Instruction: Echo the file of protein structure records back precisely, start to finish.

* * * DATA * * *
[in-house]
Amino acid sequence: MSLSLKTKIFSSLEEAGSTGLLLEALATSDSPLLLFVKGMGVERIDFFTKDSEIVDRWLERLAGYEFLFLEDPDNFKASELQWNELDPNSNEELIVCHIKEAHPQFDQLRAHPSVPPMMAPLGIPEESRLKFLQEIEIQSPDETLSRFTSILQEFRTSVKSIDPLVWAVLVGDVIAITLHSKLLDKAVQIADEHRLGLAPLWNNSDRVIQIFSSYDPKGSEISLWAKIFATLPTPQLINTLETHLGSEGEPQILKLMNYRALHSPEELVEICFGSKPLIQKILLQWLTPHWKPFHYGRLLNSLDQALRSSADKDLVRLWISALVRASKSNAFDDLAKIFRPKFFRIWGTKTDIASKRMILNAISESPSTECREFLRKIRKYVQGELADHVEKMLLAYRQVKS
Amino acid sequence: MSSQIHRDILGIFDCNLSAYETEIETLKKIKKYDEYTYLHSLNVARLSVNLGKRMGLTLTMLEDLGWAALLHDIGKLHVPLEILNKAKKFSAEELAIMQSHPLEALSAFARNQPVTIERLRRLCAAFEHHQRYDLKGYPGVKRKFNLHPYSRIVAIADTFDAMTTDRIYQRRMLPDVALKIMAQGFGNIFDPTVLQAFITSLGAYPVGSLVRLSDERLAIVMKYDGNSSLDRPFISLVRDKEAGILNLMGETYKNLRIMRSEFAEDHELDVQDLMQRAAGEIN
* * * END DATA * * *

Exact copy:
[in-house]
Amino acid sequence: MSLSLKTKIFSSLEEAGSTGLLLEALATSDSPLLLFVKGMGVERIDFFTKDSEIVDRWLERLAGYEFLFLEDPDNFKASELQWNELDPNSNEELIVCHIKEAHPQFDQLRAHPSVPPMMAPLGIPEESRLKFLQEIEIQSPDETLSRFTSILQEFRTSVKSIDPLVWAVLVGDVIAITLHSKLLDKAVQIADEHRLGLAPLWNNSDRVIQIFSSYDPKGSEISLWAKIFATLPTPQLINTLETHLGSEGEPQILKLMNYRALHSPEELVEICFGSKPLIQKILLQWLTPHWKPFHYGRLLNSLDQALRSSADKDLVRLWISALVRASKSNAFDDLAKIFRPKFFRIWGTKTDIASKRMILNAISESPSTECREFLRKIRKYVQGELADHVEKMLLAYRQVKS
Amino acid sequence: MSSQIHRDILGIFDCNLSAYETEIETLKKIKKYDEYTYLHSLNVARLSVNLGKRMGLTLTMLEDLGWAALLHDIGKLHVPLEILNKAKKFSAEELAIMQSHPLEALSAFARNQPVTIERLRRLCAAFEHHQRYDLKGYPGVKRKFNLHPYSRIVAIADTFDAMTTDRIYQRRMLPDVALKIMAQGFGNIFDPTVLQAFITSLGAYPVGSLVRLSDERLAIVMKYDGNSSLDRPFISLVRDKEAGILNLMGETYKNLRIMRSEFAEDHELDVQDLMQRAAGEIN